A legislative committee on Tuesday approved proposed state regulations for a new gambling market in Connecticut, a major step toward legalized sports wagering, online casino gambling and other new forms of betting in the state.
Connecticut now awaits the U.S. Department of the Interior's approval of changes to agreements between the state and its two federally recognized tribal nations, who play major roles in the state's gambling expansion plan.
After months of work, the state Department of Consumer Protection submitted the wide-ranging package of proposed rules to the General Assembly's Regulations Review Committee under a fast-tracked process. Democratic Gov. Ned Lamont's administration and the tribes — the Mashantucket Pequots and Mohegans — have expressed a desire to have a legalized sports wagering system up and running by the time the regular NFL season kicks off on Sept. 9.
“The purpose of this regulation is to create a licensing structure and implement provisions for responsible gaming and data privacy protections in order to ensure consumer safety and gaming integrity for new gaming markets in our state,” DCP Commissioner Michelle H. Seagull wrote in a letter to the committee.
Earlier this year, the General Assembly passed legislation, which Lamont signed into law, allowing only the quasi-public Connecticut Lottery Corporation and the Mashantucket Pequots and Mohegan — owners and operators of the Foxwoods Resort Casino and Mohegan Sun resorts — to operate in-person and online sports wagering.
“The passage of the regulations for sports wagering and online gaming is a significant step forward for Connecticut and our partners in this new marketplace," Gov. Ned Lamont said in a statement Tuesday. "In working collaboratively with the Mohegan Tribe, the Mashantucket Pequot Tribe, and the Connecticut Lottery Corporation, Connecticut has crafted nation-leading legislation, which will position our state as a leader in this space and will provide an elevated user experience for eligible residents.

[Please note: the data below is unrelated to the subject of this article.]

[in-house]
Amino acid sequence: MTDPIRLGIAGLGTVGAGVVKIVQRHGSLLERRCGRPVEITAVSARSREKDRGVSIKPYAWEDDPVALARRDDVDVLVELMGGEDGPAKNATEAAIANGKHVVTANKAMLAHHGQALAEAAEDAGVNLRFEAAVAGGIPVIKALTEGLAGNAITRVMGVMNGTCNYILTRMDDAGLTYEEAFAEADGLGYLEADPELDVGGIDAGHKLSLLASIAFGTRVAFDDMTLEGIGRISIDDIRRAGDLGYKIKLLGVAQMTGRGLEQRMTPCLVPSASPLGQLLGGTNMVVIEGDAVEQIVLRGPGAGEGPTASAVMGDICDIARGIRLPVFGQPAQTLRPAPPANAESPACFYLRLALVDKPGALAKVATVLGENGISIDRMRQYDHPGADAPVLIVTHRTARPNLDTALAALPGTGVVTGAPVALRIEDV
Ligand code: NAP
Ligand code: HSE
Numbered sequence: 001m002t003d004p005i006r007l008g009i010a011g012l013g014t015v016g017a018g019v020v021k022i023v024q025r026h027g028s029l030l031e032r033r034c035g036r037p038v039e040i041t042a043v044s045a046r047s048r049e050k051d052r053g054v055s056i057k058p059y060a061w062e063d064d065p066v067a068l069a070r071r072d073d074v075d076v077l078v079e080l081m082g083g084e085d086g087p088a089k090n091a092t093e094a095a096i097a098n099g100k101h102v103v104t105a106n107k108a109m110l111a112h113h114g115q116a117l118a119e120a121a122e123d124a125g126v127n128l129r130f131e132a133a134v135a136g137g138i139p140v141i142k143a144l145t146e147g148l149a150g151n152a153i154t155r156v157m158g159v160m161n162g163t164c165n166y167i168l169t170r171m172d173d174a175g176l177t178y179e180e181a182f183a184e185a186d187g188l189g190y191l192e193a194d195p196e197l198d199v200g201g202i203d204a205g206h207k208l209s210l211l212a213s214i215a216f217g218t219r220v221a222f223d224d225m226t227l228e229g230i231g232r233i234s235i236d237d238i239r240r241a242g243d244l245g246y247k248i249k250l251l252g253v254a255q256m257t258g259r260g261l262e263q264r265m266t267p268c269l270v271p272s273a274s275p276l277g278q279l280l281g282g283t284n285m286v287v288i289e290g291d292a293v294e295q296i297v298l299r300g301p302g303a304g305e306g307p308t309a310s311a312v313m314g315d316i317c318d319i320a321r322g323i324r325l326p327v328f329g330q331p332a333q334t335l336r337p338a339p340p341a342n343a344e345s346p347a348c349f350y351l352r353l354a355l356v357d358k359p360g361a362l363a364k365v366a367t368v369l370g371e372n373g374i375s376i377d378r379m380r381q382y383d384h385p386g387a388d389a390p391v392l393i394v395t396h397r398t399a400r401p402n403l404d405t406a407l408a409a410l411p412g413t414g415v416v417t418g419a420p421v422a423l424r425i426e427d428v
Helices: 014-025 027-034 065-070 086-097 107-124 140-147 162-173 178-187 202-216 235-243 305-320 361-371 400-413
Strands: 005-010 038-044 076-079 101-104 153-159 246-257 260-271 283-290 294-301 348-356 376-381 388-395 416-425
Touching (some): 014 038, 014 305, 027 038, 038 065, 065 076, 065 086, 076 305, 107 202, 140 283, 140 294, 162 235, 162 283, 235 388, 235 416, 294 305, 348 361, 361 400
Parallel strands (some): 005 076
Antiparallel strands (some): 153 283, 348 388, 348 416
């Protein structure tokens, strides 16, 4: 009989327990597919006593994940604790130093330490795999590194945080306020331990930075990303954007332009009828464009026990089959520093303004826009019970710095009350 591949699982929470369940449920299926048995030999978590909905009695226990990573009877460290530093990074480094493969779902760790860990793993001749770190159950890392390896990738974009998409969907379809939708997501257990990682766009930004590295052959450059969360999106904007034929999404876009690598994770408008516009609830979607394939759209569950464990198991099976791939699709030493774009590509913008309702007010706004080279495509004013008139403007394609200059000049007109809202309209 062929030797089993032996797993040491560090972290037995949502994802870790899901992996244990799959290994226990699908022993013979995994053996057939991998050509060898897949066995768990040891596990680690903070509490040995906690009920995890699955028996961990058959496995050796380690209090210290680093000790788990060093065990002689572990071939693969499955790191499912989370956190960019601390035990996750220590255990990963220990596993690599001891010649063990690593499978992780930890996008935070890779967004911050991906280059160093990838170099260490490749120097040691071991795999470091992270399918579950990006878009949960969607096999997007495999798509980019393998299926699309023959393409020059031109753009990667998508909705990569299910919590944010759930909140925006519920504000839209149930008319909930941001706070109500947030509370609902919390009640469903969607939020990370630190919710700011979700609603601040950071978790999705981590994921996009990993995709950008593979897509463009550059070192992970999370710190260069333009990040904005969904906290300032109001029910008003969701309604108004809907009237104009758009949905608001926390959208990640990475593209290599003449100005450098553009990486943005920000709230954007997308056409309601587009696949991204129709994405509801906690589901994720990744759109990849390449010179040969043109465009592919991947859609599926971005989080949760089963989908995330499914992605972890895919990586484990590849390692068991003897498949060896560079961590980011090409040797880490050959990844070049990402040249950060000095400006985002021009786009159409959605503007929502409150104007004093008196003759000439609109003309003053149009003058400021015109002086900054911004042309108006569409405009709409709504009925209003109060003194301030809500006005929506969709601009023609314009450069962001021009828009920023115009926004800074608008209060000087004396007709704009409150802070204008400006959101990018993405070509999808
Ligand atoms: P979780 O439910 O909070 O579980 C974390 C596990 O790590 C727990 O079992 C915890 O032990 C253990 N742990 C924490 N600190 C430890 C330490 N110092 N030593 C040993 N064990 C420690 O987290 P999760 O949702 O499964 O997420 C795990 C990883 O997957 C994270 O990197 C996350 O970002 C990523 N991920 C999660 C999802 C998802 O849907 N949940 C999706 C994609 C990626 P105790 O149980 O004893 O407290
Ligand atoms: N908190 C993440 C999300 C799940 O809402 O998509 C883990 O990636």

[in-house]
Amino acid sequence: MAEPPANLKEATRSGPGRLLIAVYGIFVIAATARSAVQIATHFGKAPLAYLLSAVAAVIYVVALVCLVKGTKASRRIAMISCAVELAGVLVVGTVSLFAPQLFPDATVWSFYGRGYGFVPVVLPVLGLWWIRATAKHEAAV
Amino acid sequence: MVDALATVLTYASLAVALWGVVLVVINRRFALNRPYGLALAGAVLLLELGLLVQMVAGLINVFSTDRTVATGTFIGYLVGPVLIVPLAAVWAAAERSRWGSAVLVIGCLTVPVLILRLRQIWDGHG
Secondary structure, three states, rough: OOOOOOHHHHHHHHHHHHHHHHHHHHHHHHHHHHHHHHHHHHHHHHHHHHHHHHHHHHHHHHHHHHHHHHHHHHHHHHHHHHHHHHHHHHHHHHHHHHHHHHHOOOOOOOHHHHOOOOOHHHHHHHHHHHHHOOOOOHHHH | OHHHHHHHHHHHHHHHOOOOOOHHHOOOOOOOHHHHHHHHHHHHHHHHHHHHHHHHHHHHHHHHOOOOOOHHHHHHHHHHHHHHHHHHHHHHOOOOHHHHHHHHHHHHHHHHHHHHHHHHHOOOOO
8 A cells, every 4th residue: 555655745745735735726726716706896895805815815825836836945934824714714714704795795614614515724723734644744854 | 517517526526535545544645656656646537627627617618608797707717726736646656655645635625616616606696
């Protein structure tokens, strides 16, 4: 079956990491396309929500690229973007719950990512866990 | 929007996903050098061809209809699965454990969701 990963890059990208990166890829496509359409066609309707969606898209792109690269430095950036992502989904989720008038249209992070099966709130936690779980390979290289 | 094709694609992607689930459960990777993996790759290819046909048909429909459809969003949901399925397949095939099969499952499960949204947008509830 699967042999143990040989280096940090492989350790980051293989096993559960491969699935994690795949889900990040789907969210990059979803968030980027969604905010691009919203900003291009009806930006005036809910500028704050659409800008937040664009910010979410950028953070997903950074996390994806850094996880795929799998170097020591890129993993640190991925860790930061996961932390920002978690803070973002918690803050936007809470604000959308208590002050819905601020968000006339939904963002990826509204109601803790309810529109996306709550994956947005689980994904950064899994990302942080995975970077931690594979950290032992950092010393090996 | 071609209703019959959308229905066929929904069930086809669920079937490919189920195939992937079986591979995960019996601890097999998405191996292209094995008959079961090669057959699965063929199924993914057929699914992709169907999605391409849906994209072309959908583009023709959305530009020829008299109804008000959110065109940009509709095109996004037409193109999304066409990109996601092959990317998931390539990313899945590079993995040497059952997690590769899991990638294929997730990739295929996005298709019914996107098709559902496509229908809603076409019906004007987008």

The tribes, which are also allowed under the new law to offer fantasy sports contests and online casino gambling, are still awaiting necessary federal approvals from the U.S. Department of the Interior to proposed changes in their existing gambling agreements with the state of Connecticut. The tribes have expressed optimism those approvals will happen before Sept. 9.
State lawmakers, who were limited in how much they could change the emergency regulation, expressed some concerns with the proposed rules. State Sen. John Kissel, R-Enfield, said he was worried about individuals with joint accounts and whether one person could gamble the money away without their permission. Kissel, who voted against the regulations, questioned the need to rush the regulations to meet the NFL deadline.
Seagull said the legislators will have other opportunities in the future to make changes to the regulations.